The pressure is now on to see if Jackson can work his same magic on Tolkien's prelude The Hobbit, the first part of which is out this December. 

3) The Dark Knight Trilogy (Batman Begins, The Dark Knight, The Dark Knight Rises)


The Dark Knight Rises
The most recent addition to the list, Christopher Nolan's Batman Trilogy has set the template for all future comic book films. With the horrendous cheese-ridden Joel Schumacher train-wrecks that were Batman Forever and Batman and Robin still relatively fresh in everyone's mind's, it is a miracle that the trilogy was ever pitched in the first place.

Gone were the garish Batsuit nipples, the dinosaur surfing, the cringe-worthy bad dialogue and Arnold Schwarzeneggar.  In it's place, real acting talent (Christian Bale, Gary Oldman, Morgan Freeman, Liam Neeson, Heath Ledger, Tom Hardy, Anne Hathaway, the list goes on), a gritty and dark world soaked in realism (not neon) and intelligent script writing that evoked real-world drama like 9/11 or the GFC.

Arguing over which entry is the best is like picking which is your favourite child, limb or member of One Direction. Batman Begins is a solid start point that put Batman front and centre, The Dark Knight brought us Heath Ledger's wickedly evil and anarchistic Joker (a.k.a. the best movie villain of all time) whilst Dark Knight Rises drew the two together in a epic and brilliant finale.



4) The Toy Story Trilogy (Toy Story 1-3)


"To Infinity and Beyond!"
Getting better with each and every entry, the Toy Story trilogy is family film-making at its greatest. It's inclusion might be based on my own slight bias for the films but it is hard to deny that everyone of all ages can engage with Toy Story.

Again, like with the Dark Knight it is extremely hard to pick a favourite. The original has the, well, originality whilst the second adds some awesome Star Wars jokes with Emperor Zurg as well as Jessie and Bullseye. The third one is the saddest, the incinerator scene especially poignant.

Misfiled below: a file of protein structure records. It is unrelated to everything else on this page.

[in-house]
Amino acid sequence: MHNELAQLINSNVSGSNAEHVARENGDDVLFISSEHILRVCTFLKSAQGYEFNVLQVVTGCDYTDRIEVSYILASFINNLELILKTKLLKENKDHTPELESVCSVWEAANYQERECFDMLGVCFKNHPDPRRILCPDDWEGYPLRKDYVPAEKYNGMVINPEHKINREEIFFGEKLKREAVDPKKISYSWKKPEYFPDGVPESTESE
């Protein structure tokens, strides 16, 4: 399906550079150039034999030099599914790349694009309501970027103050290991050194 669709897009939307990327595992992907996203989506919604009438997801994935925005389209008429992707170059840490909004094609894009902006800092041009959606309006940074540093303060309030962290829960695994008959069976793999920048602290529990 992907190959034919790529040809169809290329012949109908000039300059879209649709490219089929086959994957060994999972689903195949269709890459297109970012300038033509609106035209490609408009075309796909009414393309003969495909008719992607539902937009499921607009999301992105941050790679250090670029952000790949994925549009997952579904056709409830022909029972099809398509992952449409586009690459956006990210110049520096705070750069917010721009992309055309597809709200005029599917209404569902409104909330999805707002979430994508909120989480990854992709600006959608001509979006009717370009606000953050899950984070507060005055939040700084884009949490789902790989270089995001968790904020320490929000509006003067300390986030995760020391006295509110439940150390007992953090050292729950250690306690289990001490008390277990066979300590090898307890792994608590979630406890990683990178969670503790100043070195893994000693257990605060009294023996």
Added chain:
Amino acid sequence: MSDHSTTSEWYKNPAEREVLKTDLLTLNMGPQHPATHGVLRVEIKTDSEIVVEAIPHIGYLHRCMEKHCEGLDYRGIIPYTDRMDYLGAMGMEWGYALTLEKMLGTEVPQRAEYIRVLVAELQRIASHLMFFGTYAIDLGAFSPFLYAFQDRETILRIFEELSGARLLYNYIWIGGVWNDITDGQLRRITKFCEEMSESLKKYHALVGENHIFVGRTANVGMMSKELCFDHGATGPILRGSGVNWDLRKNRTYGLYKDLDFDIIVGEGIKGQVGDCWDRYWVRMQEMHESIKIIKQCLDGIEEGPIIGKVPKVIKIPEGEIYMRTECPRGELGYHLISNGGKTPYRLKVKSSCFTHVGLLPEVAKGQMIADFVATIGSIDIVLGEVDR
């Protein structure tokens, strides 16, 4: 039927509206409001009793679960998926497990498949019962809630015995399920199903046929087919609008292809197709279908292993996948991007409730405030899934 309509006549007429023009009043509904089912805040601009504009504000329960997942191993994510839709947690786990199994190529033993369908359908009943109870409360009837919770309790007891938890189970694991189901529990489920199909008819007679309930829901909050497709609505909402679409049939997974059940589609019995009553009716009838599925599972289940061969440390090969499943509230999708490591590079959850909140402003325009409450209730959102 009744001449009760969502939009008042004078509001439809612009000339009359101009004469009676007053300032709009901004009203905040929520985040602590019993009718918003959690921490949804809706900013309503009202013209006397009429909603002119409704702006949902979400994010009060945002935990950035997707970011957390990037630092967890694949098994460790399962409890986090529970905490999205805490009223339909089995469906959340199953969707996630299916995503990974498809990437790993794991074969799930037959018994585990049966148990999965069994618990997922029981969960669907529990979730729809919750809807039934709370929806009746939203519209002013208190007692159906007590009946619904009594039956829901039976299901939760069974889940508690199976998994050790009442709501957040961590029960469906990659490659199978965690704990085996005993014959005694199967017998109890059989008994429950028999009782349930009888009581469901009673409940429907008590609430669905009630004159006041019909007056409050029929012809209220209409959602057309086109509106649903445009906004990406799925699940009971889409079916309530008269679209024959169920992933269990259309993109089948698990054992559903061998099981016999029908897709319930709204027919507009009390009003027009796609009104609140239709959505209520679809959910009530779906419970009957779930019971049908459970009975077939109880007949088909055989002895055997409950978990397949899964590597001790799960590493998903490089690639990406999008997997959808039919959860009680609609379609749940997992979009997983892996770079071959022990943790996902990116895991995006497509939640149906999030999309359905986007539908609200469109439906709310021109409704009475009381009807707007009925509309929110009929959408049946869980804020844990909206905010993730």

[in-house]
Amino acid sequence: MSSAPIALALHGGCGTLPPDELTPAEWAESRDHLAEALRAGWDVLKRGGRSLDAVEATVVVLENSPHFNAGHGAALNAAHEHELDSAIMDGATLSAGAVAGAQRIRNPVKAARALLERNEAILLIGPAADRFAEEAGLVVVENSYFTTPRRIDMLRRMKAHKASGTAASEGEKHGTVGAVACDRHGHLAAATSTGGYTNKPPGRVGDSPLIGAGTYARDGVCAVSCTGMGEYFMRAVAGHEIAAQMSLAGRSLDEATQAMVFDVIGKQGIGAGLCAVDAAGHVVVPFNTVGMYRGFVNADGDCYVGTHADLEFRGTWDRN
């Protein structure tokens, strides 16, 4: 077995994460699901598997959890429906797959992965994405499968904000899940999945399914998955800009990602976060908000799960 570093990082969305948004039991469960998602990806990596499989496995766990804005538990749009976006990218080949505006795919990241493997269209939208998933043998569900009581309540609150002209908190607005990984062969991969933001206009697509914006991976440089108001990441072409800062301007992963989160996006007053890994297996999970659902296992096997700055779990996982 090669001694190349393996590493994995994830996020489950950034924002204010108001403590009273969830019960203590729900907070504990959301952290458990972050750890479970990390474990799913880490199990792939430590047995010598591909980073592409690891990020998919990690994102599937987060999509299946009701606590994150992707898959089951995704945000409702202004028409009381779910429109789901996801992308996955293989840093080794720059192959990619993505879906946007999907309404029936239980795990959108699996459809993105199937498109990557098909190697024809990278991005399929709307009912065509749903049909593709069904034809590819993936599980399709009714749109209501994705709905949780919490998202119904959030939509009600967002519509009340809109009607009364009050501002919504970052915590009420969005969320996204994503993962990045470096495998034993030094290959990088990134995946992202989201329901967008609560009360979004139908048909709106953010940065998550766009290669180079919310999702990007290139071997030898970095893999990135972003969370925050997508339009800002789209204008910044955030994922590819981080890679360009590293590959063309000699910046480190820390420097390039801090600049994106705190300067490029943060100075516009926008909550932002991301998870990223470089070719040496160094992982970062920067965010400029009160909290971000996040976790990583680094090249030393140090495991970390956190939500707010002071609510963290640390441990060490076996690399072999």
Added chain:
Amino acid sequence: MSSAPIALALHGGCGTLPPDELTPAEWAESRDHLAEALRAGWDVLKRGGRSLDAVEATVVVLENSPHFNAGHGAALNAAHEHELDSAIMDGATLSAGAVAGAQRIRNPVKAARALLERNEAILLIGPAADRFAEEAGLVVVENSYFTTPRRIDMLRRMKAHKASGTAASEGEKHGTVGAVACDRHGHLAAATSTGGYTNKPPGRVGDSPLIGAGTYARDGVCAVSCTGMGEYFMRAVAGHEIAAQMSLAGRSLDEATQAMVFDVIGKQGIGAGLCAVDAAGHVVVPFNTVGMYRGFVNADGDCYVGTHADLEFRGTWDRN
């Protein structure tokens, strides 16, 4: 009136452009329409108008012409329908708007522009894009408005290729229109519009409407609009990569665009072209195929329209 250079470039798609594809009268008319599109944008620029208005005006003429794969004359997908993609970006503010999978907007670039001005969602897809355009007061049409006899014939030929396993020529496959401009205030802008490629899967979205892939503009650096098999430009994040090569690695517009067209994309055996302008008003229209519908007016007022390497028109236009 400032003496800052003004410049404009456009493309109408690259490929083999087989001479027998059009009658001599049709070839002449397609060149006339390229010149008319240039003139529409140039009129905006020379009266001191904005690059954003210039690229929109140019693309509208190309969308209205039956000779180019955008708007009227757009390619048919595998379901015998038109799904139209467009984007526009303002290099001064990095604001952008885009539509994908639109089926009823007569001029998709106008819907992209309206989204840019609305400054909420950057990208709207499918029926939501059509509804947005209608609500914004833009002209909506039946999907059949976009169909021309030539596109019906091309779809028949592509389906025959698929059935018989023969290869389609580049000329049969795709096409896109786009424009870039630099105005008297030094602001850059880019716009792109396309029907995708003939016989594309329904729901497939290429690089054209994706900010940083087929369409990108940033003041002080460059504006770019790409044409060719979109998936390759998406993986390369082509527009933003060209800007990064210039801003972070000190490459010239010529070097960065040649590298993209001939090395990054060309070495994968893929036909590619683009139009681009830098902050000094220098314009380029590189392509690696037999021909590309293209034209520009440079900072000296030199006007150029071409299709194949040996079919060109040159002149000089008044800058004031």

That such a high quality of story-telling has been so consistent across all three films is simply a testament to Pixar's amazing ability to pen stories of such brilliance time after time.

My only hope is that they realise when enough is enough and don't add a fourth, completely robbing the closing scenes in No. 3 of any weight in the process.





5) The Back to the Future Trilogy (Part I - III)


Michael J. Fox as Marty McFly
Another personal favourite of mine, the Back to the Future trilogy is one that is intelligently written, endlessly quotable and cleverly, each entry has its own vibe or motif.

Part One is the set-up; Marty McFly goes back in time to 1955 in a souped-up DeLorean and accidentally prevents his parents from ever getting together. Faced with the task of setting them up again, being erased from existence and riding a bolt of lightning (not literally) back to the future, Marty has his luck stacked against him. 

Part Two sees Marty travel to the far off world of 2015 (!) only to find, upon his return to the 80's that a alternate timeline has been created, whilst in Part Three, Marty has to travel back to 1885 to rescue Doc Brown from the past.

In my mind, the final film is the weakest of the three; the format of every character relatives' being played by three or four actors is feeling the strain and horses and hoe-downs are no match for hover-boards and future fashions.



So there we have it, my top 5 movie trilogies. Leave any thoughts or comments in the box below and check back soon for more blog posts. Now make like a tree, and get out of here.